Lasers make it easy to set up rake angles and toe in. I use a tape measure for distances. Best of luck
I've used the Genelec Speaker Angle app on my cell phone for toe-in.
I'll check out the App Store, thanks for the heads up!

I rearranged my listening room and am trying different speaker positions. Currently the speakers are 6-7' apart, which is less than 'normal', and I'm enjoying the change. Any tools that make the experimentation easier and quicker are welcome.

In my opinion, speaker setup can make quite a difference. Probably have cycled some decent speakers through here because I failed to put the effort into positioning.

Thanks again for the thoughtful comments!
I found Jim Smiths's Getting Better Sound book and DVD to be very helpful and at $39 very low risk.
I used to use a laser to position my speakers - it was great and it kind of trained me, so now after 15 years of maniac habit of getting things right, I can reinstall my speakers by touching them a couple times and be right on the money...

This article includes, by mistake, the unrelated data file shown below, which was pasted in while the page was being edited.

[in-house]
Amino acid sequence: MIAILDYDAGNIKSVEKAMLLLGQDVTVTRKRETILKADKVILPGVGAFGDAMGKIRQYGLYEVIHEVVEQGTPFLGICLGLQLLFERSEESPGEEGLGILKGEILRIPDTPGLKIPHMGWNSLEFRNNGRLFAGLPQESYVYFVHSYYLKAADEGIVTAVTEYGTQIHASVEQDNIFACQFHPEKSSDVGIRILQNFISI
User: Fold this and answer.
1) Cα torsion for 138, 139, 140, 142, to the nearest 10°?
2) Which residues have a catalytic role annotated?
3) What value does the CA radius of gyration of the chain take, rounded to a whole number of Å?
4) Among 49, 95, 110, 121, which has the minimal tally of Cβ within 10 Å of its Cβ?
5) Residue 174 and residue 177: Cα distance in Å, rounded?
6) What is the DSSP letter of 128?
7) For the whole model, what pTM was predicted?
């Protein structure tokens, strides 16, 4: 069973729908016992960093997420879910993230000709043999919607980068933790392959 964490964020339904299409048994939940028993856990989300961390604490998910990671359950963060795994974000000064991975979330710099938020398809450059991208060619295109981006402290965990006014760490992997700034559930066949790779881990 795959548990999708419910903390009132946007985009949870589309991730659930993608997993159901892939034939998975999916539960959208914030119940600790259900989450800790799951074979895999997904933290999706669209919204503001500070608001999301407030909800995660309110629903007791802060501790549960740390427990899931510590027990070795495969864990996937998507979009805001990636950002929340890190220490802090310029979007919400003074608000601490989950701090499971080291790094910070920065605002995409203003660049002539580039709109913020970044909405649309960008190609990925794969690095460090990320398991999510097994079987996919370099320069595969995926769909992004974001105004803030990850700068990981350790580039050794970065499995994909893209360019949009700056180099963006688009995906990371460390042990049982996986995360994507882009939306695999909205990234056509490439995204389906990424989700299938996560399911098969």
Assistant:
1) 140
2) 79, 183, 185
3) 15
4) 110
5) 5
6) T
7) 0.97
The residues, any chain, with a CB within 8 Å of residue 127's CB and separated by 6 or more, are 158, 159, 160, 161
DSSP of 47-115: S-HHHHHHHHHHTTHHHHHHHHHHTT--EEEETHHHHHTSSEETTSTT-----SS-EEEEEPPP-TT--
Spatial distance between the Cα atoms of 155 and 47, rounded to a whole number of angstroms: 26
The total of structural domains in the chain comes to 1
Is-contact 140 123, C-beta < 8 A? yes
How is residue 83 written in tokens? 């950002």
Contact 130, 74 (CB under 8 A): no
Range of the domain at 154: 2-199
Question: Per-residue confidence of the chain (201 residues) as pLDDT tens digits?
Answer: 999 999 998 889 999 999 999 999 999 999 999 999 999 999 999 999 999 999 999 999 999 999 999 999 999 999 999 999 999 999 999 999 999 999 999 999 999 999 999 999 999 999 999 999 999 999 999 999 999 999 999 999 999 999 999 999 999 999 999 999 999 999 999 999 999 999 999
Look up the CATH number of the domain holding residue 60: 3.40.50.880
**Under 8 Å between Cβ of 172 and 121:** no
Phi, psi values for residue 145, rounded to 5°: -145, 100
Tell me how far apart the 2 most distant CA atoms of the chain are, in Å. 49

I used a laser in setting up my speakers as well...Richard Vandersteen instructed me in its proper use. Here goes. First put your speakers on carpeting (fuz side down on wooden/tile floor, and waltz the speakers around the room to find its best resting spot. After the speakers are spiked in position raise/lower the fronts for desired sound, making sure both speakers have the same degree up/down. (now comes the laser). Put the penlight laser on the top of the speaker shinning forward. Do not point it to your listening position, but rather, slowly turn the laser left/right keeping the laser solid against the top of the speaker. Place a yellow "Post-it" behind your normal seated position. Using a marker, place a dot on the post-it right where the red laser dot hits the back wall. Do the same thing to the other speaker...chances are very good that the laser dot will be higher or lower than the marked dot on the post-it. Raise or lower one or the other speaker so that the laser dot superimposes on the dot on the wall. This may seem tedious, but well worth the effort.